By Gordon Martel
Necessary compilation of essays protecting the foremost occasions of the 20 th century. status out from this total extraordinary physique of labor are the contributions at the undertones and motives of WW I (Martel's uniqueness) and 3 chapters on often-overlooked advancements resulting in WW II.
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Extra info for A Companion to International History 1900–2001
The Kremlin assumed that its ideology put it on the right side of history, whereas the capitalist countries were bound to quarrel with each other and eventually collapse. Stalin, Nikita Khrushchev, Leonid Brezhnev, and Gorbachev all believed in Marxism-Leninism. During the Stalin years (1928–53), attention to geopolitics and security became equally important in his calculations, but ideology occasionally reared its ugly head as a morale booster. It invariably emboldened Stalin’s approach to the West, and in other times it helped the Soviet leader to underestimate the West’s determination to respond to the perceived Soviet threat.
113. 297 20 For the Molotov–Roosevelt conversations of May– June 1942 and Stalin’s strong endorsement of FDR’s thinking, see Rzheshevsky, War and Diplomacy, docs. 68, 77, 82, 83; and FRUS, 1942, vol. 3, pp. 573–4. Citations to the other quotes can be found in Kimball, Forged in War, p. 11. For additional references to the “policemen” idea, see Warren F. Kimball, “The Sheriffs: FDR’s Postwar World,” in press from the “In the Shadow of FDR” conference, Roosevelt Institute, Hyde Park, NY (September 22–5, 2005).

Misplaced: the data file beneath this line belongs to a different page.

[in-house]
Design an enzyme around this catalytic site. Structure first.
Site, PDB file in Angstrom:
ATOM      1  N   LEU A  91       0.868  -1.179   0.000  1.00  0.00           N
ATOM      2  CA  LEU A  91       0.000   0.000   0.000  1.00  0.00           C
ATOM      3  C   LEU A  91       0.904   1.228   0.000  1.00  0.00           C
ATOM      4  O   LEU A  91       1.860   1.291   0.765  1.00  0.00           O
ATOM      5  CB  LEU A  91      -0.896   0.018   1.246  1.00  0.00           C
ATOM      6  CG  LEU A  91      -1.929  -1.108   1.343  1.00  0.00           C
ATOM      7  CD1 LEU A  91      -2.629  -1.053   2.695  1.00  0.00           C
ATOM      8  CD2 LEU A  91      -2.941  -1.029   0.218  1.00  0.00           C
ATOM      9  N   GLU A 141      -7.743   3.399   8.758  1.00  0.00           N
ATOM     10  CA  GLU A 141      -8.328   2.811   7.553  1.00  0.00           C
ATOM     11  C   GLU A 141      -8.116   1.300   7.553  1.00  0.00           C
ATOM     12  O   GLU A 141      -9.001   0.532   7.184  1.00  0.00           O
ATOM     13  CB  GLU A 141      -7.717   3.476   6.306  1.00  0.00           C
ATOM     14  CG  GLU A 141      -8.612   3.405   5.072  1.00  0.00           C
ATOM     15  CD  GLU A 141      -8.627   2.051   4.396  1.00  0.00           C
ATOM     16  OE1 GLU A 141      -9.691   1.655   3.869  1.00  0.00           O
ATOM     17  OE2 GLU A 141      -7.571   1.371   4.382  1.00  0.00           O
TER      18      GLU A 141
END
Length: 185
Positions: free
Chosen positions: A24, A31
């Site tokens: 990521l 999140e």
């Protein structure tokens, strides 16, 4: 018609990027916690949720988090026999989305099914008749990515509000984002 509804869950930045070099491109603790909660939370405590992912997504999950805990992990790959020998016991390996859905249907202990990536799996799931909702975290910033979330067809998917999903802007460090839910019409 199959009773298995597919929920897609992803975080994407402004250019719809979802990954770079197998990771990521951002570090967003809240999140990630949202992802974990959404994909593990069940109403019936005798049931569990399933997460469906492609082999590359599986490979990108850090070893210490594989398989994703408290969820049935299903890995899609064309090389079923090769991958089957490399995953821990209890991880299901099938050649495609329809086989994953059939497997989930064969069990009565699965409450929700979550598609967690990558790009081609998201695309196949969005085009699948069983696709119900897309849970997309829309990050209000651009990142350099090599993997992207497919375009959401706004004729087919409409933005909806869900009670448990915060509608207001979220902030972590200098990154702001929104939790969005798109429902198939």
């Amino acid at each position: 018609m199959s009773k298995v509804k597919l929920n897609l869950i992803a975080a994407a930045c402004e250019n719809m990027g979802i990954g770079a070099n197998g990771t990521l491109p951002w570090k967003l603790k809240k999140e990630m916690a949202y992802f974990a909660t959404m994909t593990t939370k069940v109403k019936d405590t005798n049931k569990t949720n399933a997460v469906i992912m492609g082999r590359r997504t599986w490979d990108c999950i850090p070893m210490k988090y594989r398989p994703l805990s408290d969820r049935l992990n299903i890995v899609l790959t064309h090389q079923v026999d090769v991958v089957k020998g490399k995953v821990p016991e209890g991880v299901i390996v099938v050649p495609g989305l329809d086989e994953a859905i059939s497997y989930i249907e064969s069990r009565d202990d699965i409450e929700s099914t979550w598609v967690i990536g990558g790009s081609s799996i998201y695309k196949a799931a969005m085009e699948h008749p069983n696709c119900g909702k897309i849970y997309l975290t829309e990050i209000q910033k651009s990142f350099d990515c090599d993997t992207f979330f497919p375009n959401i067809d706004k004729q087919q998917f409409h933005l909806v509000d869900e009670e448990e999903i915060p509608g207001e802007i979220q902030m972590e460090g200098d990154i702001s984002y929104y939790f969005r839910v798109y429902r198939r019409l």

696. R. , ed. Elliott Roosevelt (New York: Duell, Sloan, and Pearce, 1950), vol. 2, pp. 1195–6. 7 Churchill genially lifted the phrase from a speech by his foreign secretary and inserted it in a speech to the House of Commons on July 12, 1954; Geoffrey Best, Churchill and War (London and New York: Hambledon, 2005), p. 240. 8 Oleg A. , War and Diplomacy: The Making of the Grand Alliance (Amsterdam: Hardwood Academic, 1996), doc. 70 (record of talks between Molotov and Roosevelt, May 29, 1942), pp.
A Companion to International History 1900–2001 by Gordon Martel